In most countries in order for a patent to be valid the invention defined by the monopoly claim must be novel, include an inventive step and be capable of industrial application. Also, some subject matter is pre-determined as not being patentable - for example methods of doing business and computer programs. However, the nature of these exclusions is complex and may not prevent protection if the patent application is properly presented.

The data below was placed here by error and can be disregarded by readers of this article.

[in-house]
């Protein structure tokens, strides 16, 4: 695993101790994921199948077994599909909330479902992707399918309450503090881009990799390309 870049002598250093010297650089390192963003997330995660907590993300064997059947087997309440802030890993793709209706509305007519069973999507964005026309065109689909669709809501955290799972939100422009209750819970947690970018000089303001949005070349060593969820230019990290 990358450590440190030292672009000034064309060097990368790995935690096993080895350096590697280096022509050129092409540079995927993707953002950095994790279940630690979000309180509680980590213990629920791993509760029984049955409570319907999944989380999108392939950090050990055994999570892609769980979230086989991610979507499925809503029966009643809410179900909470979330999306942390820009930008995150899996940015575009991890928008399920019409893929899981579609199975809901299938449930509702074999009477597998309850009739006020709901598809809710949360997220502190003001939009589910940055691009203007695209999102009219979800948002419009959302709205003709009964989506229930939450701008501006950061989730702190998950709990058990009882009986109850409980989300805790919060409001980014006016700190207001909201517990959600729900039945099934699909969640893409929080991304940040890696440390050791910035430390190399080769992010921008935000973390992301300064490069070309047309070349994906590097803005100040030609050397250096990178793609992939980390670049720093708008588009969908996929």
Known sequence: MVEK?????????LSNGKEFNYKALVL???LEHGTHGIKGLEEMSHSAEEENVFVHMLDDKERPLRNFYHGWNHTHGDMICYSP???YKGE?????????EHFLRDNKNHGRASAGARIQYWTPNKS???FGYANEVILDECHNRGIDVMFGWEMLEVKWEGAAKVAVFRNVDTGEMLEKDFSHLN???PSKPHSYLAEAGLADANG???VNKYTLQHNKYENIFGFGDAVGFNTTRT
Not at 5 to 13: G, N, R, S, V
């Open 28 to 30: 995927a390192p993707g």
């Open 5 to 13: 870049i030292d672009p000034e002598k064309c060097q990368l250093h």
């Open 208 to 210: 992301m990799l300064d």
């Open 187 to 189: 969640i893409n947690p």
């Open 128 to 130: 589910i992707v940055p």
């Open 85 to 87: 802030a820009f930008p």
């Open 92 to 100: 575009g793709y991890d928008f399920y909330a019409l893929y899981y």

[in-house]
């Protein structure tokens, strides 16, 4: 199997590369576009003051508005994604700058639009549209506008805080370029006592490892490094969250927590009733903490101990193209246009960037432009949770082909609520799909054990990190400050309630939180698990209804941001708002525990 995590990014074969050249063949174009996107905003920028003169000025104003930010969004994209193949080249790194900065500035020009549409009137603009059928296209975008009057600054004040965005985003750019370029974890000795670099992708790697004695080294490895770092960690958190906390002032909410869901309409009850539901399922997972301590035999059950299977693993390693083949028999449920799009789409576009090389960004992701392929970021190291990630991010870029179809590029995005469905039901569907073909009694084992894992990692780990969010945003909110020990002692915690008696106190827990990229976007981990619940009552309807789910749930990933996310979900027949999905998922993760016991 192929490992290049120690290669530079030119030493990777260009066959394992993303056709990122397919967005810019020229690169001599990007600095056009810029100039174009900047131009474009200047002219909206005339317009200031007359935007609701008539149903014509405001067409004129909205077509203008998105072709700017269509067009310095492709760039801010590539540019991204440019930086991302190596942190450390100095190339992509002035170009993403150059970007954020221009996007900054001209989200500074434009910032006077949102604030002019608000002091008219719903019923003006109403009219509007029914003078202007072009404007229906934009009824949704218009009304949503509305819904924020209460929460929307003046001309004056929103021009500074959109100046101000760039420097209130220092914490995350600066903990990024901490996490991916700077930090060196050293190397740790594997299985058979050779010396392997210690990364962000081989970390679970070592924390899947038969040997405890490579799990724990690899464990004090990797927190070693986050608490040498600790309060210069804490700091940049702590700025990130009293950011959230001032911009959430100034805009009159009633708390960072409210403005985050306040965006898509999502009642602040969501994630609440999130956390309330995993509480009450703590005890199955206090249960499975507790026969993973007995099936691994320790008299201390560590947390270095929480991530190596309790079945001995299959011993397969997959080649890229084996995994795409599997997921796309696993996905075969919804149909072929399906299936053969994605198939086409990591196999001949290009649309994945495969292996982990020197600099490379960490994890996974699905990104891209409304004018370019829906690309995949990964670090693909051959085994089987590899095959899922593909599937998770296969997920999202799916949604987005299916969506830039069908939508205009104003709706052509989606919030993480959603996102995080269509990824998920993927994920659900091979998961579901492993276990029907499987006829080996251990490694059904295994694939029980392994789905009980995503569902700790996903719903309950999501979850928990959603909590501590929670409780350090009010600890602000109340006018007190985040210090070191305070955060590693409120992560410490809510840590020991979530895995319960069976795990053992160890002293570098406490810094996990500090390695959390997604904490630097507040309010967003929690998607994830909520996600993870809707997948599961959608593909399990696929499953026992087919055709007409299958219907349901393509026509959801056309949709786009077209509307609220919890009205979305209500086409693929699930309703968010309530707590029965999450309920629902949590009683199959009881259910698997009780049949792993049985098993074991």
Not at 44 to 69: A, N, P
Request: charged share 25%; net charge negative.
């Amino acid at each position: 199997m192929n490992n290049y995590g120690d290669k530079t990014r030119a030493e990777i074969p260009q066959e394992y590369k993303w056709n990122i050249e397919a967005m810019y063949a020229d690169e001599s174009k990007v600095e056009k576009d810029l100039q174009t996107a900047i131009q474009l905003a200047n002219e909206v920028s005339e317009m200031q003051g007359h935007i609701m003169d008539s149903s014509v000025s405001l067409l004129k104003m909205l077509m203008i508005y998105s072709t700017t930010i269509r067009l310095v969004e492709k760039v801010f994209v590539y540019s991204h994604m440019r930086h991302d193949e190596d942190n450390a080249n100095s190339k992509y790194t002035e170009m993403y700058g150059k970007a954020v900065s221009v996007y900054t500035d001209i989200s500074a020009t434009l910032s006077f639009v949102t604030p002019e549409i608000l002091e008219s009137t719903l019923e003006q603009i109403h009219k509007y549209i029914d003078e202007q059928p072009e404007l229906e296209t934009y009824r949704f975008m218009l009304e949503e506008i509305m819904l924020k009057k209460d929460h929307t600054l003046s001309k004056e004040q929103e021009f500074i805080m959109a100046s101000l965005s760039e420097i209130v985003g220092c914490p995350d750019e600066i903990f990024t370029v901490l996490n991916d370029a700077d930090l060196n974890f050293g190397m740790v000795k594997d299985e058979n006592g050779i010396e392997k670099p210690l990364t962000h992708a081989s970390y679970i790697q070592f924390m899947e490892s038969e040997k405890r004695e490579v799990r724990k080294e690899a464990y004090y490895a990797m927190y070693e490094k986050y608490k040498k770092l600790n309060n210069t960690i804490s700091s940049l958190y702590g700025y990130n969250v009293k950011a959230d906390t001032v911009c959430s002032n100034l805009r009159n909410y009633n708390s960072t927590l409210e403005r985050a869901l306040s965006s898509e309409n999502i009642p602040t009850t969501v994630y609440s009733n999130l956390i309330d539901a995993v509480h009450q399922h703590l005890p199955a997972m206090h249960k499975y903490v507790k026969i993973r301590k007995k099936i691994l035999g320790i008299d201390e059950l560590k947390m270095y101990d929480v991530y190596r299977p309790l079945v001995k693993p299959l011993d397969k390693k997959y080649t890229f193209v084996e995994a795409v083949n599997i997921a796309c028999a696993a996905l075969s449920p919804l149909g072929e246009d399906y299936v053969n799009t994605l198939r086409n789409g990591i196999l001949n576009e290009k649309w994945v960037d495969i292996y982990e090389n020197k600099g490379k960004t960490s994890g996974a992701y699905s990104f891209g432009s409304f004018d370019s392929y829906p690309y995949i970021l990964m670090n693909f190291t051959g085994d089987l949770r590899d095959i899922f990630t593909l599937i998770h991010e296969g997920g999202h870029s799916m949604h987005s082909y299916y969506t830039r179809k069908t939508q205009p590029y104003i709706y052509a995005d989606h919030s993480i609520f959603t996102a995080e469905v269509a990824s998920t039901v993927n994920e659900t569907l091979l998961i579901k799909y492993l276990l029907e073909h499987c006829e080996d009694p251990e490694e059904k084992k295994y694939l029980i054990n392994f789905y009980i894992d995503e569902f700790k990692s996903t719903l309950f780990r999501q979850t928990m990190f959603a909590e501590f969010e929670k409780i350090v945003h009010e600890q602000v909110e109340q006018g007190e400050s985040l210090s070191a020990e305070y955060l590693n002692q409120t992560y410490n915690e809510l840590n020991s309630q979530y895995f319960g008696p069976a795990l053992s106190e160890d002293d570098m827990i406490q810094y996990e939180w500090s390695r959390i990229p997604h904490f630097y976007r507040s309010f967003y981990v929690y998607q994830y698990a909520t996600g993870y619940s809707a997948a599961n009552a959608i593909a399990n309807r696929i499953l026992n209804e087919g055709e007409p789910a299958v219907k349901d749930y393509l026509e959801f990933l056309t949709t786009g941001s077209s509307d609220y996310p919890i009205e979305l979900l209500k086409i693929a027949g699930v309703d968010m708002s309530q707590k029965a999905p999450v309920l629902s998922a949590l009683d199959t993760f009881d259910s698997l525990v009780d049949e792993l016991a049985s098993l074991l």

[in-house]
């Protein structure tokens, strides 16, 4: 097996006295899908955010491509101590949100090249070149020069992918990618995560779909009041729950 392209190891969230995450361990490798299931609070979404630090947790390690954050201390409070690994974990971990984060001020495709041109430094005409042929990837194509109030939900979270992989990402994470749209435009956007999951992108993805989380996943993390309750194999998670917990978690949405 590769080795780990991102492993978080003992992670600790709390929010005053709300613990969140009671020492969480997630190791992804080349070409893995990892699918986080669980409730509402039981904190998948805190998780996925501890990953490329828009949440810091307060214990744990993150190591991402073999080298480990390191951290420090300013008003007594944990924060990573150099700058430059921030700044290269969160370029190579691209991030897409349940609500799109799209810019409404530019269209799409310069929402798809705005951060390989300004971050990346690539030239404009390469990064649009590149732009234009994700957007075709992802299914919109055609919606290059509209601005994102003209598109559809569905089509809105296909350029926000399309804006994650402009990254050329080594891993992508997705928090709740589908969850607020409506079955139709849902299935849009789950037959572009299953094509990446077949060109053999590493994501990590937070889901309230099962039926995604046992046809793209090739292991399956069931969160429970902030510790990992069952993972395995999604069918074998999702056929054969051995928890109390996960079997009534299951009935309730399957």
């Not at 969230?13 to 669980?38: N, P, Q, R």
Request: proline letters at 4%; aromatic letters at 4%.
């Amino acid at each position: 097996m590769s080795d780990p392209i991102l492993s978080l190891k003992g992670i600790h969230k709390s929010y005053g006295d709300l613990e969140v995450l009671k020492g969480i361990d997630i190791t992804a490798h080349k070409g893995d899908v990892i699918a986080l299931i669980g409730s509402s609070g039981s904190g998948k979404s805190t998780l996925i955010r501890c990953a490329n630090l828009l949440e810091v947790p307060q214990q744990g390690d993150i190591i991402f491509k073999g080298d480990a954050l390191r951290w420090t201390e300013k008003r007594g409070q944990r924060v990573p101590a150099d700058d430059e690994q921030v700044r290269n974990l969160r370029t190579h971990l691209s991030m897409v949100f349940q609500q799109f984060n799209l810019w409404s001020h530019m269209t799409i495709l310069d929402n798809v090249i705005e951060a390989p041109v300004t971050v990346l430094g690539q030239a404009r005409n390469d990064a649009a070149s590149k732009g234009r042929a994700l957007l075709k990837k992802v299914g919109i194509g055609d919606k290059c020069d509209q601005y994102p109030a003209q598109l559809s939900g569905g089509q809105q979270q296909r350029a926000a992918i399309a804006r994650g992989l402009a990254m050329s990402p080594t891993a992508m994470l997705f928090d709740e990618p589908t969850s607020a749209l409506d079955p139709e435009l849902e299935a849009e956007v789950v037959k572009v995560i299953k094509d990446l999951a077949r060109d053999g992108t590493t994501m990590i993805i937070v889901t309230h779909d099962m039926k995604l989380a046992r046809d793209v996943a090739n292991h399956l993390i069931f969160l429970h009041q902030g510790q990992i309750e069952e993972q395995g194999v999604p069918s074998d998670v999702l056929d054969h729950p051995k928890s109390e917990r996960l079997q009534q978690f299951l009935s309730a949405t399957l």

Novelty means that exactly the same thing (more or less) must not have been "made available to the public" anywhere in the world at any time before the patent application was filed".
An inventive step is said to be present if the difference over what was known before is more than a mere workshop development. It has to be something which would not have been obvious to a person of ordinary skill in the technical field concerned.
Industrial application simply means that the invention must be capable of being made or used in any kind of industry.
The validity of a patent can normally be challenged in the Patent Office or in the Courts but detailed rules apply.